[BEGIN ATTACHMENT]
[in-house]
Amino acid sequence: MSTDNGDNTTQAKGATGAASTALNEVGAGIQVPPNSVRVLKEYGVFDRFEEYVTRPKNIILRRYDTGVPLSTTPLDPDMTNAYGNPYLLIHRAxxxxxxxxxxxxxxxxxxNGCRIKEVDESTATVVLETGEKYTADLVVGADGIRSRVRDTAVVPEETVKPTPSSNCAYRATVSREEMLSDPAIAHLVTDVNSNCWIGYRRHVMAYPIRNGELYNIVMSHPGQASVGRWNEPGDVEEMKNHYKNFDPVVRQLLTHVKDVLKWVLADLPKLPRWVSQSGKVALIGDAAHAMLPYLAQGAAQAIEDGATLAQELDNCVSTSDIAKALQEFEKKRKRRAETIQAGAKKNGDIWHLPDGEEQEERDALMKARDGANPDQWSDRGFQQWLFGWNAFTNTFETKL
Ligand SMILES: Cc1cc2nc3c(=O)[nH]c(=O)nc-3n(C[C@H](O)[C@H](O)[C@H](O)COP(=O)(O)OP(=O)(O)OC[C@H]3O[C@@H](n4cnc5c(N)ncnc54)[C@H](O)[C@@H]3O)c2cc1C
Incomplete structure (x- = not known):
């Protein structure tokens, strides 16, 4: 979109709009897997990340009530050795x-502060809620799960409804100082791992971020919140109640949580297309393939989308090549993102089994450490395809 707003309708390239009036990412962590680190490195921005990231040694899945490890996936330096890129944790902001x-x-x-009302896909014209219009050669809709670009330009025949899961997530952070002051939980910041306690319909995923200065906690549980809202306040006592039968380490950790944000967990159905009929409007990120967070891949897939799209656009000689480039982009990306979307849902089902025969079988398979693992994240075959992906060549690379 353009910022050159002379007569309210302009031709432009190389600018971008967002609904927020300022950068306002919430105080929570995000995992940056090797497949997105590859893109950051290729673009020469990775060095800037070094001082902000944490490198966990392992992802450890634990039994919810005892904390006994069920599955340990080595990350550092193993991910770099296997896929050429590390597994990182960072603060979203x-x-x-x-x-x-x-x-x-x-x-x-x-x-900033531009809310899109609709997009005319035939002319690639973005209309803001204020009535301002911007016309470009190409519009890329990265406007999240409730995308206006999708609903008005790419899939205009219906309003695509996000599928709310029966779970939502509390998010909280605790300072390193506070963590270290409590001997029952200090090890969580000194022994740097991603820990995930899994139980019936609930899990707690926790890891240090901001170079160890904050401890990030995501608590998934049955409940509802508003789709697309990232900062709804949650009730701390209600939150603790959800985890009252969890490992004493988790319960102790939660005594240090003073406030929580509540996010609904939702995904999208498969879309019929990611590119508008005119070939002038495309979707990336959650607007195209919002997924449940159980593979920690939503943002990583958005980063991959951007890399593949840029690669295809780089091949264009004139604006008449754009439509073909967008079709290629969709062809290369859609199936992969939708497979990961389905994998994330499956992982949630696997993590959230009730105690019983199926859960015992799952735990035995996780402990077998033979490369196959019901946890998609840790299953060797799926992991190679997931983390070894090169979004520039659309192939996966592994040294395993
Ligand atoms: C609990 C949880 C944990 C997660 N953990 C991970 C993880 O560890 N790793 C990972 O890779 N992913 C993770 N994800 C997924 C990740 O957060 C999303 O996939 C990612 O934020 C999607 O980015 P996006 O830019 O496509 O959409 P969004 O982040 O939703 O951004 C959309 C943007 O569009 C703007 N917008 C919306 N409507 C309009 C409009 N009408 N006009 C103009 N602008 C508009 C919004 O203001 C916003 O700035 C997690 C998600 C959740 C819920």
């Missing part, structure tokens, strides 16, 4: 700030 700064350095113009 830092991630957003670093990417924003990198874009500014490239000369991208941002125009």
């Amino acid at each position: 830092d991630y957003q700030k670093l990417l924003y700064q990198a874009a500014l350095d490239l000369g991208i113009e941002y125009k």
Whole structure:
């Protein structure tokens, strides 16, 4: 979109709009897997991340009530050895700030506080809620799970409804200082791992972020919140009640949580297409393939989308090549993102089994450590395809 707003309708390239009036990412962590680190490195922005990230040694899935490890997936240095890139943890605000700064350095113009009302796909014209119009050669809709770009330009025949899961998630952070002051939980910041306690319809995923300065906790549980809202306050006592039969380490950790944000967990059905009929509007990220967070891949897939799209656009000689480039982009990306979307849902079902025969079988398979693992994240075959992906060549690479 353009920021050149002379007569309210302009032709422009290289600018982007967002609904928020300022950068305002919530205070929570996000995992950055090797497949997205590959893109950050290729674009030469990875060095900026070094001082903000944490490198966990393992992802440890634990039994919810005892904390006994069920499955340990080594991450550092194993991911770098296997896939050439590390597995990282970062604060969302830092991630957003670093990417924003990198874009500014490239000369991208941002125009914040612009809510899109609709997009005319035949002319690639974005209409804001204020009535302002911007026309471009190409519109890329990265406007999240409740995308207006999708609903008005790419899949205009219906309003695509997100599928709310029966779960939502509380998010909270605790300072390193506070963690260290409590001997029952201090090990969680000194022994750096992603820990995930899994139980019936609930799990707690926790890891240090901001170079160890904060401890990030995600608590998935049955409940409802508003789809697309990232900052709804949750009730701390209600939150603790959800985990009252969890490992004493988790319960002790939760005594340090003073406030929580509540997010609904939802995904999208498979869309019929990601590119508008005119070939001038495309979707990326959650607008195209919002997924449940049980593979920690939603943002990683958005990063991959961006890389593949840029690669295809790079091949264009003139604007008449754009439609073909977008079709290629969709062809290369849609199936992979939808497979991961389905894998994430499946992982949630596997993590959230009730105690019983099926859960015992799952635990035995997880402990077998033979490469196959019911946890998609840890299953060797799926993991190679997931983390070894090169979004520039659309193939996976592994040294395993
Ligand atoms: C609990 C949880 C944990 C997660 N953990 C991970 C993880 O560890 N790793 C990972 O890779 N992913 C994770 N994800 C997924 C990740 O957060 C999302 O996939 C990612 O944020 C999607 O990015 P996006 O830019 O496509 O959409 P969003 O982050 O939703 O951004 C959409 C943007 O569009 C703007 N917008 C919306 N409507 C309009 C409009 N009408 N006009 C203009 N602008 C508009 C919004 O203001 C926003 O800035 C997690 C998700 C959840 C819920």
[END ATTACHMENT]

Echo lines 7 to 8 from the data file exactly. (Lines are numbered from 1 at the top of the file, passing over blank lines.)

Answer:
């Missing part, structure tokens, strides 16, 4: 700030 700064350095113009 830092991630957003670093990417924003990198874009500014490239000369991208941002125009």
């Amino acid at each position: 830092d991630y957003q700030k670093l990417l924003y700064q990198a874009a500014l350095d490239l000369g991208i113009e941002y125009k």